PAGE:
University of Toronto Community Gathers to Remember the Victims of Flight 752

University of Toronto Community Gathers to Remember the Victims of Flight 752

Photo Credit: Mike Labrum, Unsplash

U of T honours victims and remembers their contributions to the community

Rinna Diamantakos, Associate News Editor

On January 8, 2020, Ukraine International Airlines Flight 752 was shot down by Iranian missiles. In total, 176 people died, 15 of them children. Originally, it was reported that the number of Canadian victims was estimated at 63. However, Foreign Affairs Minister Francois-Philippe Champagne stated on January 10 that the number has been confirmed at 57. Authorities believe that of the other victims, 82 were Iranian, 11 were Ukrainian, 10 were Swedish, 4 were Afghan, 3 were British, and 3 were German. However, the nationalities of the victims are still being confirmed.  

Six University of Toronto (U of T) students were passengers on Flight 752: Graduate student Mojtaba Abbasnezhad, siblings Zeynab (UTM) and Mohammad Asadi Lari (UTSG), Dr. Mohammad Amin Jebelli of the Translational Research Program at the School of Medicine, Ph.D. student Mohammad Amin Beiruti of the Department of Computer Science, and Ph.D. student Mohammad Saleheh, a computer technology researcher.  

In his official statement, U of T President Meric Gertler stated that the entire U of T community is “deeply saddened” and is “concerned … for families and friends of those who lost their lives.”  

On Friday, January 10, the university community gathered to remember the students who were victims of the crash. Dozens came together in the Multi-Faith Centre at Koffler House to pay tribute to those lost in the tragedy. Speakers shared stories of victims and mourners left flowers and written messages at the vigil.  

Gertler said that the vigil importantly honoured the victims of this senseless tragedy, all of whom influenced the university and academia in Canada. Ontario Lieutenant Governor Elizabeth Dowdeswell, who attended the vigil on Friday, voiced a similar sentiment, lamenting the loss of bright students who were dedicated to bettering their society and left a positive impact on the lives of their families, friends, and community.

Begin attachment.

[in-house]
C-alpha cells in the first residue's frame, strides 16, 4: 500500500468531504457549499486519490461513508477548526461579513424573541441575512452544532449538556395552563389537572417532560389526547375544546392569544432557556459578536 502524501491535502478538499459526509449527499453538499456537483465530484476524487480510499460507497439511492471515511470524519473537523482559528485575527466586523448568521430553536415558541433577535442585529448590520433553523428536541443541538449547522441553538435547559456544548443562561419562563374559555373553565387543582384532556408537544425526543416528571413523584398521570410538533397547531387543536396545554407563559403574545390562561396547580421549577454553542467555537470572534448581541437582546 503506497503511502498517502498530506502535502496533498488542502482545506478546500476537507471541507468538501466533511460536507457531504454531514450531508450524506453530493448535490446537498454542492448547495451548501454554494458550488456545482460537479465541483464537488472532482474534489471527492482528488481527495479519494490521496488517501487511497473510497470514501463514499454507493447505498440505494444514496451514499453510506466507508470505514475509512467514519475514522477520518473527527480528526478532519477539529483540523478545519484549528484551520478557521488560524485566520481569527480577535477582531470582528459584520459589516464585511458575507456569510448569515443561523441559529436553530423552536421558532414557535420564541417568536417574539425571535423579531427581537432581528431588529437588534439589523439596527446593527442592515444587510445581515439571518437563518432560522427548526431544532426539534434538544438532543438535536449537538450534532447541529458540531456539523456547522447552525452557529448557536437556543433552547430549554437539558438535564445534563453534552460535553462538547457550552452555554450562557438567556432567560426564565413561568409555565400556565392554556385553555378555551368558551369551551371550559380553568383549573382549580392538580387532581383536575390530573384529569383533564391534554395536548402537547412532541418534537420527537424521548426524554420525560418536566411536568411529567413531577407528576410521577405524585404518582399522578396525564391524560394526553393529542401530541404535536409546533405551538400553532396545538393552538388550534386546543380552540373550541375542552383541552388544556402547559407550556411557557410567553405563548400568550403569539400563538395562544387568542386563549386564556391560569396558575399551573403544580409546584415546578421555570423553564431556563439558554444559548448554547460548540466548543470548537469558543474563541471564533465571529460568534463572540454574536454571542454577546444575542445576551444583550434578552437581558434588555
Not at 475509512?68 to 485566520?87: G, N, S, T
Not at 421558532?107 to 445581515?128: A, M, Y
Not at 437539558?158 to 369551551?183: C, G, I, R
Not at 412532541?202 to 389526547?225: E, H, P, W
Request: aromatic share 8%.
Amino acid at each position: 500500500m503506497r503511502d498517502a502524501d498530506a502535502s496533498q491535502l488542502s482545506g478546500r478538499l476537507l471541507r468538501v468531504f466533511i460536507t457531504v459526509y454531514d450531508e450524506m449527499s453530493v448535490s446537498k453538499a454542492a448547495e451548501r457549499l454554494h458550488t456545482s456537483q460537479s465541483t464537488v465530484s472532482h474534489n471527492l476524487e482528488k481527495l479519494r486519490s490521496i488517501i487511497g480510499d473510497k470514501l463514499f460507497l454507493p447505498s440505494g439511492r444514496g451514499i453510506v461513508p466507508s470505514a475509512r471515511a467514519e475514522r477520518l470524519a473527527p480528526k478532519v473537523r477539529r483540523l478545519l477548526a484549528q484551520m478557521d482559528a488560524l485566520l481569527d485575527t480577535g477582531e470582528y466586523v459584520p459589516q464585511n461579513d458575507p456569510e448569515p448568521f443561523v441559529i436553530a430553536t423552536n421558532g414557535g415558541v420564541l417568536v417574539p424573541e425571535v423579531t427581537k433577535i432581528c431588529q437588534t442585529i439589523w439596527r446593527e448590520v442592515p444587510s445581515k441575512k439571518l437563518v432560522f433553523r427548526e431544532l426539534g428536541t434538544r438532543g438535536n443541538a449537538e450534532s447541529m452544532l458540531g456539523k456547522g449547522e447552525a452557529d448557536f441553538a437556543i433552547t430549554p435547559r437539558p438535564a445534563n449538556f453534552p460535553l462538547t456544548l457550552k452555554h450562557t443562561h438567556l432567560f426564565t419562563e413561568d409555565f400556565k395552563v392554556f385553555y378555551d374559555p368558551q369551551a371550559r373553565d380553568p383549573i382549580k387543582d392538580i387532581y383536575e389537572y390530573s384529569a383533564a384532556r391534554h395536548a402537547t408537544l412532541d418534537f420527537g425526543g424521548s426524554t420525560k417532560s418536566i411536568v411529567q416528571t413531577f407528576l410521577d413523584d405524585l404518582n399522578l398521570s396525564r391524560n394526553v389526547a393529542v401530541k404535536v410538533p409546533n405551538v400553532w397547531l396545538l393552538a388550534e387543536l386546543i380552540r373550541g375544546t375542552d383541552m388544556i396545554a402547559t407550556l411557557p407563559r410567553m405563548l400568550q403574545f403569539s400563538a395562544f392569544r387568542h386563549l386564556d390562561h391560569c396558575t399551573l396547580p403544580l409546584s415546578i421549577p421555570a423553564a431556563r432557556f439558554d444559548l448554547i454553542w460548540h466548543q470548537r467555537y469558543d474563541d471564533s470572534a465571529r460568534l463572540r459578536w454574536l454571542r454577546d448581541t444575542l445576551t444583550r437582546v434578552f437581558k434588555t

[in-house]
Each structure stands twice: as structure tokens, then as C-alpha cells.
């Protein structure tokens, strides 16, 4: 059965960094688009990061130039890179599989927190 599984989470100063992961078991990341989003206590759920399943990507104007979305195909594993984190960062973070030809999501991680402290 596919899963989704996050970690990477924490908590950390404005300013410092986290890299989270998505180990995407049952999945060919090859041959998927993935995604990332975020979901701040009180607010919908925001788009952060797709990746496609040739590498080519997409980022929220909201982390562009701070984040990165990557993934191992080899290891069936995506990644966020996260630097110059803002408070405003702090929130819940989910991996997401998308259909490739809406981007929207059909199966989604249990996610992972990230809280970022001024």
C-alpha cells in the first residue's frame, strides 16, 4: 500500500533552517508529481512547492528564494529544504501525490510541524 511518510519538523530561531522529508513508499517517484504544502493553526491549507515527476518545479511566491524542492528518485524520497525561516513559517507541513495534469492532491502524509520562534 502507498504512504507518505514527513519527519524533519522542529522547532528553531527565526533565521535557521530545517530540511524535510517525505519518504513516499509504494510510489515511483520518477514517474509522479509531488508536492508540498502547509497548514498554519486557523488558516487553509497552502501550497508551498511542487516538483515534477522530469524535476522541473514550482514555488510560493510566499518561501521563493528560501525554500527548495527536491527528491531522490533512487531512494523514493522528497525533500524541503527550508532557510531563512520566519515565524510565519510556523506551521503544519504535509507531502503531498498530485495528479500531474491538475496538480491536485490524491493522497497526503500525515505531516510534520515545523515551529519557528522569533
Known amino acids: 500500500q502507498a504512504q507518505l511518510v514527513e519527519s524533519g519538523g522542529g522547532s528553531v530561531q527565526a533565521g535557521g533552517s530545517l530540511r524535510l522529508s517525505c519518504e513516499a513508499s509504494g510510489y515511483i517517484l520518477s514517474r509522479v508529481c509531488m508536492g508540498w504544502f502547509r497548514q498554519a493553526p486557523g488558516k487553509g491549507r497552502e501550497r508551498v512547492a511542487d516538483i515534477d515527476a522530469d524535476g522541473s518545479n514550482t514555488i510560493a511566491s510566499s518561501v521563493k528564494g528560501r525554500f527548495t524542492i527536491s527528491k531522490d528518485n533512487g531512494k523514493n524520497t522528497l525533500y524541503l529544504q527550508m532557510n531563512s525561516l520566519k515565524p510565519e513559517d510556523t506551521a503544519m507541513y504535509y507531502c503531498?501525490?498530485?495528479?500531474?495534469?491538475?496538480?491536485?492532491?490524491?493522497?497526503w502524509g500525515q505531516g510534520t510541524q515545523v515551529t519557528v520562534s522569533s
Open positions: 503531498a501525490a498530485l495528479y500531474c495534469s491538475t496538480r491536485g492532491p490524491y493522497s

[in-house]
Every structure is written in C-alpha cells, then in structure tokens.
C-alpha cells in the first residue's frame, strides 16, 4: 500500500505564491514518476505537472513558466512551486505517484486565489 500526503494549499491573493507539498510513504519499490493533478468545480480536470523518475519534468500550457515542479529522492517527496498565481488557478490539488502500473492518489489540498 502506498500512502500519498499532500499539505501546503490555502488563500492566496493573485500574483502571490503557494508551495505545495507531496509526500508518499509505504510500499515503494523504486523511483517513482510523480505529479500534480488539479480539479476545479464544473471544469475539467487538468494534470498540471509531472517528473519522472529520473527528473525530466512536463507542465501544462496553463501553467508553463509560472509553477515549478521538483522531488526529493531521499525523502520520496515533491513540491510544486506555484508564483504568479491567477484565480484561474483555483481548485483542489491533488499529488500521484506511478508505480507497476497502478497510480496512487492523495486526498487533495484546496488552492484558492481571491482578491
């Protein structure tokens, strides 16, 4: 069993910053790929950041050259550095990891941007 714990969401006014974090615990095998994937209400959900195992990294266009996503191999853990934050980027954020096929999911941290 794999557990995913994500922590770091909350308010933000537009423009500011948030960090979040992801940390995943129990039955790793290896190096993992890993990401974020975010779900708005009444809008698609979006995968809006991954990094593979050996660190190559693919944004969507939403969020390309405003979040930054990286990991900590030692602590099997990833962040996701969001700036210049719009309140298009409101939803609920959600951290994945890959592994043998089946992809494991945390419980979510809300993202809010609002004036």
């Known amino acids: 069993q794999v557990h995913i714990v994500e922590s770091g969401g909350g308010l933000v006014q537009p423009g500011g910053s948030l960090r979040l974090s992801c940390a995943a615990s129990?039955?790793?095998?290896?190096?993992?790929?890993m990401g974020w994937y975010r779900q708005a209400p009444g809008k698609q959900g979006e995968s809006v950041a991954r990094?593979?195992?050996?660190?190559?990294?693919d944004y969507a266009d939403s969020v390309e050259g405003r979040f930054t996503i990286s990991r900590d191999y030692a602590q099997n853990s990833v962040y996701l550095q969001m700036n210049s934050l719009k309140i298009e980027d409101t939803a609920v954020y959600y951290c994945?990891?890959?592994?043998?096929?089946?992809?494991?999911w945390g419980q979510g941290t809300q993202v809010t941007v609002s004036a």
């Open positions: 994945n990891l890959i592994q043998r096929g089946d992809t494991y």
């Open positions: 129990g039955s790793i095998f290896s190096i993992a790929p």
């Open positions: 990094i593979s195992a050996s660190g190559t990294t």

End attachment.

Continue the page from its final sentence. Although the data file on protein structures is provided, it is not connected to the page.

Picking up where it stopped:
The local impact of this tragedy has been heightened given the growing international tension emerging as new information is released on the crash. Originally, the Iranian government claimed that the crash was the result of mechanical problems; however, this claim caused suspicion, as aviation experts stated that aircrafts are specially designed to generally overcome failed engines and ensure safe landings. On Thursday, January 9, Canadian Prime Minister Justin Trudeau stated that there was evidence from multiple intelligence sources that the crash was the result of an intentional missile attack by the Iranian military.  

Three days after the crash, on January 11, 2020, Iranian state TV confirmed international suspicion, stating that the plane was brought down “unintentionally” by Iran’s military, due to human error. Iranian President Hassan Rouhani stated that the crash was an “unforgivable mistake.”  

On Sunday, January 12, a memorial service was held at Convocation Hall honouring all 176 victims. Speaking to a room of hundreds of mourners, Ontario Premier Doug Ford said that he “knows the Iranian community is in pain right now,” but that, “[t]he people of this province stand behind you, the nation and the world mourns with you. … The world will bring these people to justice.”  

Experts claim that this incident will be the catalyst for social and political change in Iran, as it has exposed the incompetence and recklessness of the Iranian regime. It has increased global support for foreign intervention in the nation, a sentiment that resonates in Ford’s assurance that Iran will face justice. Already the country has seen mass protests, as Iranian citizens flood the streets in an attempt to gain a clearer understanding of what happened and how such a careless mistake could have been made.  

At U of T however, the sentiment and focus remains the same: honouring the victims and remembering their contribution to the university community.  

During the vigil held at the Scarborough campus on Thursday afternoon, Vice-President of the U of T Scarborough Iranian Students’ Organization, Caspian Forouhar quoted Persian poet Rumi saying, “Goodbyes are only for those who love with their eyes. Because for those who love with their heart and soul, there is no such thing as separation.” 

In his official statement, Gertler also stated that “the university is here to support you, if you need help,” and that students are encouraged to “seek out the relevant services available on our campuses,” such as the University Health and Wellness Centre, as well as 24/7 support lines run through the university and in the city of Toronto.